A report on Austerity, resistance and the People’s Assembly by Counterfire steering committee


Why the People’s Assembly is central for the left

We are in an age of permanent austerity. David Cameron’s government is deeply committed to a long-term project of austerity, privatisation and re-structuring of the British economy. Cuts have already made an impact on living standards, public services and the welfare state. The Tories want to push this process still further. The election of a Labour government in 2015 could make a difference to some policies, but it won’t reverse the direction of travel or end austerity. Austerity is accompanied by the stigmatisation of the poor, scapegoating of migrants and vicious divide-and-rule. There has recently also been a sharp increase in scare stories about trade unions, and threats to further curtail workers’ rights.

All this is against the backdrop of over three decades of the largely successful imposition of neoliberalism by successive Tory and right-wing Labour governments, accompanied by a narrowing of political debate, the hollowing out of democracy and a huge increase in distrust of elite institutions and alienation from official politics. The People’s Assembly is a response to the ruling class offensive. Such a co-ordinating coalition is especially vital because of the nature of austerity, and of the resistance to it. Although austerity is a coherent project driven by central government, it manifests itself in a plethora of ‘single issues’ and specific cuts, many of them at local level. Unsurprisingly, therefore, a great deal of the opposition has been focused on particular cuts. We need to campaign against cuts at local level and at the same time link the struggles together into a single national movement.

The greatest challenge for the movement is to overcome fragmentation, localism and sectionalism by providing co-ordination, including national-level forms of protest aimed at central government. We need a coalition with such broad forces and social weight that it can offer people a sense that we really can make a difference. The People’s Assembly national launch in Westminster Central Hall, which attracted 4,000 people, was a springboard not only for action, but for the long-term national and local coalitions needed to deliver protests in the future.

If we want more co-ordinated strike action then we need to strengthen the unions by linking them with the rest of the movement in large-scale action. A bolder, bigger and broader movement on the streets raises the likelihood of renewed national strike action, feeding into the confidence of trade unionists. A national co-ordinating body is also an essential pre-condition for serious international co-ordination. Austerity is Europe-wide and so is the opposition. We need a common, continent-wide front against the disaster of austerity.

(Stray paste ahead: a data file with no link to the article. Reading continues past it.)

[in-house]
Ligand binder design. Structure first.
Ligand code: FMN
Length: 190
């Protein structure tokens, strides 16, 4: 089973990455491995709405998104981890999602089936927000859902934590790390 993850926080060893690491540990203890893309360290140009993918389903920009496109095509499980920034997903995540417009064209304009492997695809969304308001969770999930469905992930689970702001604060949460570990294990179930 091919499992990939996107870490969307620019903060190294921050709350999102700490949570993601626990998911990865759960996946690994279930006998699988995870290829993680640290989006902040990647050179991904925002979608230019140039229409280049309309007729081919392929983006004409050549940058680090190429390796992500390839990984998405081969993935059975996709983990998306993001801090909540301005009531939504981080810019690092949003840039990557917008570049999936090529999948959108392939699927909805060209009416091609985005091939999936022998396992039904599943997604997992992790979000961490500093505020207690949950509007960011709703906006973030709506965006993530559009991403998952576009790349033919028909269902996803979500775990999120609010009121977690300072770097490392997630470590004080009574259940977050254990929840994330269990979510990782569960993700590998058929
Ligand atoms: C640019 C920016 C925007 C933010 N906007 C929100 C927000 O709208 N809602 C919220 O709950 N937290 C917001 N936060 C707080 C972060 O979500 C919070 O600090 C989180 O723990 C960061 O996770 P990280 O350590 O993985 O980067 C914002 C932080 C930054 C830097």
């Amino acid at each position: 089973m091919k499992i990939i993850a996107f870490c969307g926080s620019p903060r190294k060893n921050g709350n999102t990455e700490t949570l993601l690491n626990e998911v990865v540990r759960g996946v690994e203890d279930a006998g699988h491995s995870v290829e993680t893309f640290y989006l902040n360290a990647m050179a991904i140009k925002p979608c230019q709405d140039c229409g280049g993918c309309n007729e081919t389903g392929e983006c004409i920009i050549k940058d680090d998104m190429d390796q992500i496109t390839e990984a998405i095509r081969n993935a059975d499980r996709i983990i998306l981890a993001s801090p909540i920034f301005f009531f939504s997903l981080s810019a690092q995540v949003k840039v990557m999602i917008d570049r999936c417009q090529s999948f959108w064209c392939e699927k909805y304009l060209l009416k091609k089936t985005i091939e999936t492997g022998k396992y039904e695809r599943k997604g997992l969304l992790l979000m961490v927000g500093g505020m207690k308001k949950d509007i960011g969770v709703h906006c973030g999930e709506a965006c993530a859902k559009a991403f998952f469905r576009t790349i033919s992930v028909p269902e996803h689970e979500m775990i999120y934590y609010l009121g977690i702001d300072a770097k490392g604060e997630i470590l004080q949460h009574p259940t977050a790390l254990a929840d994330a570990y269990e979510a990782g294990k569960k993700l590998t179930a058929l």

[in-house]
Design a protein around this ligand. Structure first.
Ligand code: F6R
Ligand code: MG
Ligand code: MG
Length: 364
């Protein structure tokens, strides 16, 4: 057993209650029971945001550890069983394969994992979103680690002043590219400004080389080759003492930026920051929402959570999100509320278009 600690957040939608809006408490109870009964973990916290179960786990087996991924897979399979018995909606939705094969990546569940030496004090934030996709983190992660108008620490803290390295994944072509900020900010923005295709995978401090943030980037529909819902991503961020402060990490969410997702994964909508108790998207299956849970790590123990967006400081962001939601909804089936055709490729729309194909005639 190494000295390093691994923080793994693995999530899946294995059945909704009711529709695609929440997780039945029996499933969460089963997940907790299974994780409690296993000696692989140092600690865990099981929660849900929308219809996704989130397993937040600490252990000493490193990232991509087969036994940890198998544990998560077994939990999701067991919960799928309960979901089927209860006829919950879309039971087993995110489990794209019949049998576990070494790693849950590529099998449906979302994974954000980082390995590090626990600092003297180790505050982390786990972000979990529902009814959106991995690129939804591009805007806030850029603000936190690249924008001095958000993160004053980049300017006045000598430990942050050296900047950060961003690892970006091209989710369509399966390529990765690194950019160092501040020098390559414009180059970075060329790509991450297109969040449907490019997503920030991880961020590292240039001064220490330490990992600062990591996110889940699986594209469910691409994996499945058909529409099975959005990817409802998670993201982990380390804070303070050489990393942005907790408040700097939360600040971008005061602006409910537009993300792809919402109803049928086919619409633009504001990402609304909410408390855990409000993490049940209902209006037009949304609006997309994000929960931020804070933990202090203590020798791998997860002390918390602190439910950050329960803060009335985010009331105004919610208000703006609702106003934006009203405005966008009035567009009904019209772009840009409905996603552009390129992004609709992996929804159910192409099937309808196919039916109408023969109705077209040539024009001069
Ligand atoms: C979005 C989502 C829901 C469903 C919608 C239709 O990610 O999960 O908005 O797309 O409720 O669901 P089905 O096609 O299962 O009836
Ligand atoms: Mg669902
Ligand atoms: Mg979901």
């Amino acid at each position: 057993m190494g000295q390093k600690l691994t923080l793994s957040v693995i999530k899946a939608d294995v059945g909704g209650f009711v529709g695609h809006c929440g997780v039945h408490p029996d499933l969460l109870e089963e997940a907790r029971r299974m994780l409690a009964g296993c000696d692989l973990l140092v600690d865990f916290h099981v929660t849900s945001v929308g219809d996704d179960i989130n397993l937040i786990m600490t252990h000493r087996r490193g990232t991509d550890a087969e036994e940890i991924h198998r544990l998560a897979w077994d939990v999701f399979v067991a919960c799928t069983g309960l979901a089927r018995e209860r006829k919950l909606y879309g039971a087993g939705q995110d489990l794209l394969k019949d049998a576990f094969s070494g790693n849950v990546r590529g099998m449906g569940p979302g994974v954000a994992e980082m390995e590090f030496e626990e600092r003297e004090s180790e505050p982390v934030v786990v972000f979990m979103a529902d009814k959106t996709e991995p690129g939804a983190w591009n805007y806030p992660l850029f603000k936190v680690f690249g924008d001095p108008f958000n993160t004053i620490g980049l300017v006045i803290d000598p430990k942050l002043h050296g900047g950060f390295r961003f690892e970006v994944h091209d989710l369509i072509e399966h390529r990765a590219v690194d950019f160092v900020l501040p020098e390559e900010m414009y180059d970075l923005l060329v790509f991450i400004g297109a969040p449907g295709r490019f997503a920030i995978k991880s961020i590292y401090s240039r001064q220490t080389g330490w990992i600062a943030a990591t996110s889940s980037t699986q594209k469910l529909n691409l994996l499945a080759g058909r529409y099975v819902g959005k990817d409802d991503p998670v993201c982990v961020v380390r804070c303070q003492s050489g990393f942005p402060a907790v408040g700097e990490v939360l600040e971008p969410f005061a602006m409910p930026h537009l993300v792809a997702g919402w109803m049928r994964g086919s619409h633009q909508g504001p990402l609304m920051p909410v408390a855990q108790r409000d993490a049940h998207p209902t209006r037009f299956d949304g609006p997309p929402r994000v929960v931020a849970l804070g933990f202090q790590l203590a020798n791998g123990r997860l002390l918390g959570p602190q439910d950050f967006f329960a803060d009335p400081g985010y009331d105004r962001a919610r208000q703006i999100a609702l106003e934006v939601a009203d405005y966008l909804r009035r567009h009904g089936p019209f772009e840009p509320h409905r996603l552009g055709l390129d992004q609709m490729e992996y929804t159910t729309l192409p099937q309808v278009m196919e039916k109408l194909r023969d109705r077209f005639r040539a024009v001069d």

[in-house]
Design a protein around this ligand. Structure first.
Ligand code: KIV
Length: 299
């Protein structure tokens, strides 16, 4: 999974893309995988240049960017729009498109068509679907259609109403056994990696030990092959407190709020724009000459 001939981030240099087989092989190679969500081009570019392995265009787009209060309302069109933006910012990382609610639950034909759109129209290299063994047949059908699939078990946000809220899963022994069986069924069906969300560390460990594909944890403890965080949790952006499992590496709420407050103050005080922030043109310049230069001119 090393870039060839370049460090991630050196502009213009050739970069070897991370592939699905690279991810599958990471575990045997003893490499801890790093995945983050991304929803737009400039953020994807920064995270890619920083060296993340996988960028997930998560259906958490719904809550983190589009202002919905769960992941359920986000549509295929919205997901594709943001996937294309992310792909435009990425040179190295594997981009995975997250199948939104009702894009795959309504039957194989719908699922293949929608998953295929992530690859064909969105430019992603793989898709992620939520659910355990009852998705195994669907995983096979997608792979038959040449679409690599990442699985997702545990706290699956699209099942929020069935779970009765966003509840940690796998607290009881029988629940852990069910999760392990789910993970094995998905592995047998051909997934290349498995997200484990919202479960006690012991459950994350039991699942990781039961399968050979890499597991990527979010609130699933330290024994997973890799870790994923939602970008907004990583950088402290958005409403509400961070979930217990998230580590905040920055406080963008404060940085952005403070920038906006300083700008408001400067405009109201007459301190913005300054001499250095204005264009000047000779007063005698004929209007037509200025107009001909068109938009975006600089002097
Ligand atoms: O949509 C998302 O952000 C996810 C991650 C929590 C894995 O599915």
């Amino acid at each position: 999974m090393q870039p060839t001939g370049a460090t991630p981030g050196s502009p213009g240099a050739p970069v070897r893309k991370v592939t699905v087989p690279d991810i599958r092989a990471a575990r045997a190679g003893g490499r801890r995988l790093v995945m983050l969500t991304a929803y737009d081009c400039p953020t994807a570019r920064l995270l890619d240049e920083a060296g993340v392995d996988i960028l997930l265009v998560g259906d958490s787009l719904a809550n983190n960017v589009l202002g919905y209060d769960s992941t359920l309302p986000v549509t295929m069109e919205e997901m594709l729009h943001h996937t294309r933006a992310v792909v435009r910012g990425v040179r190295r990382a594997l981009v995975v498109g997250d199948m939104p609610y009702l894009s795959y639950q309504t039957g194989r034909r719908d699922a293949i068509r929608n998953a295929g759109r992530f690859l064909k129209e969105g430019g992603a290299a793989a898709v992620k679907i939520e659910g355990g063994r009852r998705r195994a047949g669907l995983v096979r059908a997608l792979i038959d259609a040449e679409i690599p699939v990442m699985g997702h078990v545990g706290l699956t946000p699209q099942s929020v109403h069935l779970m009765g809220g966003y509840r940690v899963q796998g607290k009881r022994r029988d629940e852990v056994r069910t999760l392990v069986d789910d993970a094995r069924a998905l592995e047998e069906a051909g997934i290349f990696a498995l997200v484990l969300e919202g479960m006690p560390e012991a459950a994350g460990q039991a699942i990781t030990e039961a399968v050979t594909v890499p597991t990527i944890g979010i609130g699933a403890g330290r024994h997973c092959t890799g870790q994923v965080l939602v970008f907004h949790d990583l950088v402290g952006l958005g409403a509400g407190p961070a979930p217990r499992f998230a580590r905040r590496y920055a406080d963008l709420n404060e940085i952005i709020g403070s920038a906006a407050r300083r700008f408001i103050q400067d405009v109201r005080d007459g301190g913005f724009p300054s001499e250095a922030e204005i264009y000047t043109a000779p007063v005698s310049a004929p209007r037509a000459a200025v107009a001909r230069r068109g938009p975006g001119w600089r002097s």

The People’s Assembly is the best context in which the left can promote its arguments, slogans and demands. This is the central way to build a stronger left-wing pole in British politics and society and shift the terms of mainstream debate. Extra-parliamentary activity, not electoral politics, is where we are at our strongest. A mass movement is the framework for articulating an alternative set of ideas: taxing the rich and pursuing the tax evaders, investing in jobs, transport and the green economy, scrapping the wasteful spending on weapons and war, democratising the banks and challenging the rule of finance capital. Such alternative demands can command broad appeal while confronting the core tenets of neoliberalism. A broad, united national coalition, with a consistent ‘no cuts’ stance, is also essential for countering the myths about immigrants or ‘scroungers’ being the source of our problems.

Extra-parliamentary activity includes a great deal of trade-union activity. Although strike levels have been low, unions have played a major role in mobilising anti-cuts feeling on the streets. Also, there have been protests by a wide range of groups encompassing all sorts of issues, from library closures to the NHS, from fire station closures to the bedroom tax. The People’s Assembly, by enhancing co-ordination of campaigns, has the capacity to confront the Tory assault on working-class living standards, welfare and public services, mobilising popular opposition on the streets and increasingly through workplace action too. The People’s Assembly process provides a chance to unite activity and politics on a sustained, on-going basis. It is through this process that we can unite and renew the left, drawing in new layers of activists and supporters, making left-wing politics relevant through meaningful mass activity against the cuts.

Arguments about the People’s Assembly

Some on the left are dismissive of any coalition that involves Labour members and supporters. But if we are serious about stopping cuts we need to unite the widest possible layers in common action. In particular we need to involve people who at least partially look to Labour for a response to the Tory-led government’s cuts; most such people are, it’s worth noting, highly critical of Ed Miliband’s weak opposition to cuts. Many millions of working class people will, however, vote Labour at the next general election and they must form a major part of the anti-cuts movement. With a hurricane of cuts upon us, people look for shelter to protect them. A number of factors – the low level of strike action, the small scale of the revolutionary left, the marginalisation of Marxist ideas – mean that only a small minority look to revolutionary ideas and organisation, while left reformism fares somewhat better.

Similarly, it is possible to be critical of particular failures by trade union leaders – and frustrated with the continuing low level of strike action – without dismissing the vital role such leaders have to play as part of a co-ordinated mass movement. Most of the left union leaders really do want greater opposition to cuts and to re-build trade union strength. This is the context we are working in. The People’s Assembly’s commitment to broad unity in action is, in current conditions, the most authentically radical strategy available to us.